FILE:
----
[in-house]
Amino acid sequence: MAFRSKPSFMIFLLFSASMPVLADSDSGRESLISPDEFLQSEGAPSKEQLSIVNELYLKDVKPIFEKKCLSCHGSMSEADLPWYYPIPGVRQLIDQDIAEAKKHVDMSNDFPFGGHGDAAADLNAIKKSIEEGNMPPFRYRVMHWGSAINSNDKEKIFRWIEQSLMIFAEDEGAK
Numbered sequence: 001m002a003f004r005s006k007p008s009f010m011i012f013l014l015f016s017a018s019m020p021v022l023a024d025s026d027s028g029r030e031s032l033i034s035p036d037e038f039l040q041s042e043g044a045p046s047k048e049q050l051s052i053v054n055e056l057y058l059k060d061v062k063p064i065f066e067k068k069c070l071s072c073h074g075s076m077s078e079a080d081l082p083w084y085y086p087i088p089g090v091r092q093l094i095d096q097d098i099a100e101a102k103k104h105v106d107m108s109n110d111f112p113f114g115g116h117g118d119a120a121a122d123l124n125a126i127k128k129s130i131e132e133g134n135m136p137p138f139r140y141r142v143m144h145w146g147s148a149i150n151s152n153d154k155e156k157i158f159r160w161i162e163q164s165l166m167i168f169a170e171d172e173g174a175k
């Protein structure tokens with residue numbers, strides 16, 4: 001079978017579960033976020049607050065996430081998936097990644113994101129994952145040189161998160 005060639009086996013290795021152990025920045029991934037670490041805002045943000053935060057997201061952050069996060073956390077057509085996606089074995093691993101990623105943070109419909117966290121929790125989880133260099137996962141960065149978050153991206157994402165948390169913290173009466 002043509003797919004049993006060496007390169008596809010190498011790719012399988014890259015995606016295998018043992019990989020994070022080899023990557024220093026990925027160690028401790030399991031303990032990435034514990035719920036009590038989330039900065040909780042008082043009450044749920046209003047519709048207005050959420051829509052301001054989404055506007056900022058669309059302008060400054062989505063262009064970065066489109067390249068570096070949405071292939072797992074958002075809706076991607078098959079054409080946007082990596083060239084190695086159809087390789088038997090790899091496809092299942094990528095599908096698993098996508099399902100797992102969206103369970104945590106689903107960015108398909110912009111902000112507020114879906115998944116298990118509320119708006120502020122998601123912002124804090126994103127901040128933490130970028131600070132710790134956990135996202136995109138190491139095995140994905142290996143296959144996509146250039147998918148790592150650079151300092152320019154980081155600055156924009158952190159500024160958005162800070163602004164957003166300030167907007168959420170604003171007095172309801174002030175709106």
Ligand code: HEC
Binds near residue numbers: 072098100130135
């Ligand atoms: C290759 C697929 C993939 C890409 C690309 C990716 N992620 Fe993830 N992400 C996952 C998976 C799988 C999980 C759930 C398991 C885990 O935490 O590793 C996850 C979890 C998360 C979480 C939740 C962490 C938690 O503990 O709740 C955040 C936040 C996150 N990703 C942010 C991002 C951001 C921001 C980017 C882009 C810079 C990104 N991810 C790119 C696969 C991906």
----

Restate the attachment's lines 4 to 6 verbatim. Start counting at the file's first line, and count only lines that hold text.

């Protein structure tokens with residue numbers, strides 16, 4: 001079978017579960033976020049607050065996430081998936097990644113994101129994952145040189161998160 005060639009086996013290795021152990025920045029991934037670490041805002045943000053935060057997201061952050069996060073956390077057509085996606089074995093691993101990623105943070109419909117966290121929790125989880133260099137996962141960065149978050153991206157994402165948390169913290173009466 002043509003797919004049993006060496007390169008596809010190498011790719012399988014890259015995606016295998018043992019990989020994070022080899023990557024220093026990925027160690028401790030399991031303990032990435034514990035719920036009590038989330039900065040909780042008082043009450044749920046209003047519709048207005050959420051829509052301001054989404055506007056900022058669309059302008060400054062989505063262009064970065066489109067390249068570096070949405071292939072797992074958002075809706076991607078098959079054409080946007082990596083060239084190695086159809087390789088038997090790899091496809092299942094990528095599908096698993098996508099399902100797992102969206103369970104945590106689903107960015108398909110912009111902000112507020114879906115998944116298990118509320119708006120502020122998601123912002124804090126994103127901040128933490130970028131600070132710790134956990135996202136995109138190491139095995140994905142290996143296959144996509146250039147998918148790592150650079151300092152320019154980081155600055156924009158952190159500024160958005162800070163602004164957003166300030167907007168959420170604003171007095172309801174002030175709106």
Ligand code: HEC
Binds near residue numbers: 072098100130135